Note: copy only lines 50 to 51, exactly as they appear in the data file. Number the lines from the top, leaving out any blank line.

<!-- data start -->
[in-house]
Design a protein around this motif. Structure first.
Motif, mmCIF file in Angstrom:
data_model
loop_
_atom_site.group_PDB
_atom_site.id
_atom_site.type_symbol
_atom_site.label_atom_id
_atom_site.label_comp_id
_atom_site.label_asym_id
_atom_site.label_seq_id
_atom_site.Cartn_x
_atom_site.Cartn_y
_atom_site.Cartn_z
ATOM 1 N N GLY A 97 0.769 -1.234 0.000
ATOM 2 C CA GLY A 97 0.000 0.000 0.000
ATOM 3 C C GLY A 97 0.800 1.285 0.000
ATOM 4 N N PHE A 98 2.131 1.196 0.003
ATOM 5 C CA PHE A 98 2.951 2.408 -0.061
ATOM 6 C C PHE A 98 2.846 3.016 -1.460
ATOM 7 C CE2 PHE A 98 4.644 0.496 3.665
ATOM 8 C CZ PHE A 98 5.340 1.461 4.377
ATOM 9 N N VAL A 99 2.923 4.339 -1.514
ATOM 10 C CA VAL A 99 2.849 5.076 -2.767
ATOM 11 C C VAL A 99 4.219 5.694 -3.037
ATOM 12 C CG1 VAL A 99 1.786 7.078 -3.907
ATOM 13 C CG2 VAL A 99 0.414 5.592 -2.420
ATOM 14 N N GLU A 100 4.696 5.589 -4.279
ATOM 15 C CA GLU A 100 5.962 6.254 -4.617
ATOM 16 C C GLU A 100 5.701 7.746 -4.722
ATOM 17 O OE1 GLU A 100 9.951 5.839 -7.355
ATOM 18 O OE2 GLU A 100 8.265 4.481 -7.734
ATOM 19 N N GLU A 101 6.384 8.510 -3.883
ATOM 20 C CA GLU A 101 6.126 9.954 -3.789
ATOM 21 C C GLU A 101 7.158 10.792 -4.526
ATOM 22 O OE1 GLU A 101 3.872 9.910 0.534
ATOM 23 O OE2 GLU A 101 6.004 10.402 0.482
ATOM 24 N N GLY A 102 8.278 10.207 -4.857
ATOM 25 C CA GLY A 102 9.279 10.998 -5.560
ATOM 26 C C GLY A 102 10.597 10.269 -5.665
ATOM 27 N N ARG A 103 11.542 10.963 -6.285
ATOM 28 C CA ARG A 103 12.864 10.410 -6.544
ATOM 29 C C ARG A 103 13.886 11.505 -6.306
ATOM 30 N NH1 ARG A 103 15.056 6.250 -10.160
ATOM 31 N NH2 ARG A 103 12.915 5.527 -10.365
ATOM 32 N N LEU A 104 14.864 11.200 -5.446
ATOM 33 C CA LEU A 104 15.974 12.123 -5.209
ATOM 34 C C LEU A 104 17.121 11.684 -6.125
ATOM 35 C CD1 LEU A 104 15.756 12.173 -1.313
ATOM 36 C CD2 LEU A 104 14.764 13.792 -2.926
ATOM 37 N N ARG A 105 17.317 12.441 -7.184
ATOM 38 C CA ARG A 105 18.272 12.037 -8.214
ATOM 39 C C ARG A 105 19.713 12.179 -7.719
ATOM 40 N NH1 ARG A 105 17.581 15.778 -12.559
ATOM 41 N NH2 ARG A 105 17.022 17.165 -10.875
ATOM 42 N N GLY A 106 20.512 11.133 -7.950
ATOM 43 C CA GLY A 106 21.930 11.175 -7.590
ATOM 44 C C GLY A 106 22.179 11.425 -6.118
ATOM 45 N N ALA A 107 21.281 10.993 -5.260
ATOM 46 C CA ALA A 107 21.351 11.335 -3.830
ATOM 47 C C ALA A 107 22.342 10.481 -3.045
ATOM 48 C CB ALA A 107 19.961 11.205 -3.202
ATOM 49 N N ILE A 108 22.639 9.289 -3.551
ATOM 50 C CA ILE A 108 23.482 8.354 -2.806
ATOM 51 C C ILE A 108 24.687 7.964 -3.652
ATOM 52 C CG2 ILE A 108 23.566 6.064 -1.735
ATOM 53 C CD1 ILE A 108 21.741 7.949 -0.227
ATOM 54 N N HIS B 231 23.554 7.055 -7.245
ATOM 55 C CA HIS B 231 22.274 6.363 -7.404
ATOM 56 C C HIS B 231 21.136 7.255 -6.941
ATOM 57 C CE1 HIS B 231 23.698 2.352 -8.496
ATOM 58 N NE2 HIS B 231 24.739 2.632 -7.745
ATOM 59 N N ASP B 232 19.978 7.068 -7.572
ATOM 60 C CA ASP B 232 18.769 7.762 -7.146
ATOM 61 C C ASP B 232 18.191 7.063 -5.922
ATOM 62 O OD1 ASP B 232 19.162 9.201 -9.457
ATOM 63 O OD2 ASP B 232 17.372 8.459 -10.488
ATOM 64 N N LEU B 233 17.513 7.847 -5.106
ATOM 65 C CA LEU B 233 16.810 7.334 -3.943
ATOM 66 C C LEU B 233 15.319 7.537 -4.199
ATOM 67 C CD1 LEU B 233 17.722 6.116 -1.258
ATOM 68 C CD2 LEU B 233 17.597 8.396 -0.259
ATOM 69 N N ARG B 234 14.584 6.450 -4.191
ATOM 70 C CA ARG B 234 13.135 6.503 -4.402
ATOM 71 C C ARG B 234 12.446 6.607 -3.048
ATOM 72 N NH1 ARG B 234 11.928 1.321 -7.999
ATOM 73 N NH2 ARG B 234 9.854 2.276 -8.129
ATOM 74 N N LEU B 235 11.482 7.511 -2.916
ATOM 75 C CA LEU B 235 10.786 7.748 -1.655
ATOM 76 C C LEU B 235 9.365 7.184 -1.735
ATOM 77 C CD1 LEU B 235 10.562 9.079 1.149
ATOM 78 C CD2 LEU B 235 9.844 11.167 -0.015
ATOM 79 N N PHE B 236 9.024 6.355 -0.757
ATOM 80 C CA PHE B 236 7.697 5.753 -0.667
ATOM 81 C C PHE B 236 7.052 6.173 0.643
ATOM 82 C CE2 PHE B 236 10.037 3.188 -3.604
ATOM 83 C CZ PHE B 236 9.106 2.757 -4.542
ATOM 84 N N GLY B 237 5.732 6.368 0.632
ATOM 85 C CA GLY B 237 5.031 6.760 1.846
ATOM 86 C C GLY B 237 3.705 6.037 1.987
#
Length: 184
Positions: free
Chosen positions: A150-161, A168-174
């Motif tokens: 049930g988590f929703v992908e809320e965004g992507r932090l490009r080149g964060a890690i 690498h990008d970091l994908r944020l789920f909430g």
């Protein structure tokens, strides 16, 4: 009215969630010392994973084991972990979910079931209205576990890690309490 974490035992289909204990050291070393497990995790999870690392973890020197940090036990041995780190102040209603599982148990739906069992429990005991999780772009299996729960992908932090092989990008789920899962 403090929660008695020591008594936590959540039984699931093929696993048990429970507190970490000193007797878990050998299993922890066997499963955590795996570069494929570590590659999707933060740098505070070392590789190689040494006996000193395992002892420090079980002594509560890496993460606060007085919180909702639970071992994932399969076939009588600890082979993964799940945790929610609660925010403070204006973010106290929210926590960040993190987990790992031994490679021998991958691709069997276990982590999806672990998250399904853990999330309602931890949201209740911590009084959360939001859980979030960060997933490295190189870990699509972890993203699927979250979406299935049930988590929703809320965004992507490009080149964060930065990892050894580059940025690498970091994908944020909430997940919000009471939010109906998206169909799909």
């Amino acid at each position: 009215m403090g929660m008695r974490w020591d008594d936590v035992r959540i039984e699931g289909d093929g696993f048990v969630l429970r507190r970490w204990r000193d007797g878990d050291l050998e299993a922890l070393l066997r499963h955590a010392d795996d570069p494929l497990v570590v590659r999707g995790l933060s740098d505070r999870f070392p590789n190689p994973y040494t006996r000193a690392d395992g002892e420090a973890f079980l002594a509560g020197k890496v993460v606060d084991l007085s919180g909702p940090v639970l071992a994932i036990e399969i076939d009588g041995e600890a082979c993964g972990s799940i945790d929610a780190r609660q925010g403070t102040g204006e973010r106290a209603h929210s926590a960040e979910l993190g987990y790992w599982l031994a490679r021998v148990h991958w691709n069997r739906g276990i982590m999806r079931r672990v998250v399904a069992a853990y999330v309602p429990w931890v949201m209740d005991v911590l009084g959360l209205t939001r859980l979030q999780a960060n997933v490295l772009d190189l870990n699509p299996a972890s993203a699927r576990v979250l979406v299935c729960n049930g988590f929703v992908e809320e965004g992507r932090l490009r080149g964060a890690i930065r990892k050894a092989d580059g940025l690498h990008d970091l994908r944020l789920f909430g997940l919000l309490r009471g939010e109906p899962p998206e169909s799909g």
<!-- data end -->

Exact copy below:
ATOM 35 C CD1 LEU A 104 15.756 12.173 -1.313
ATOM 36 C CD2 LEU A 104 14.764 13.792 -2.926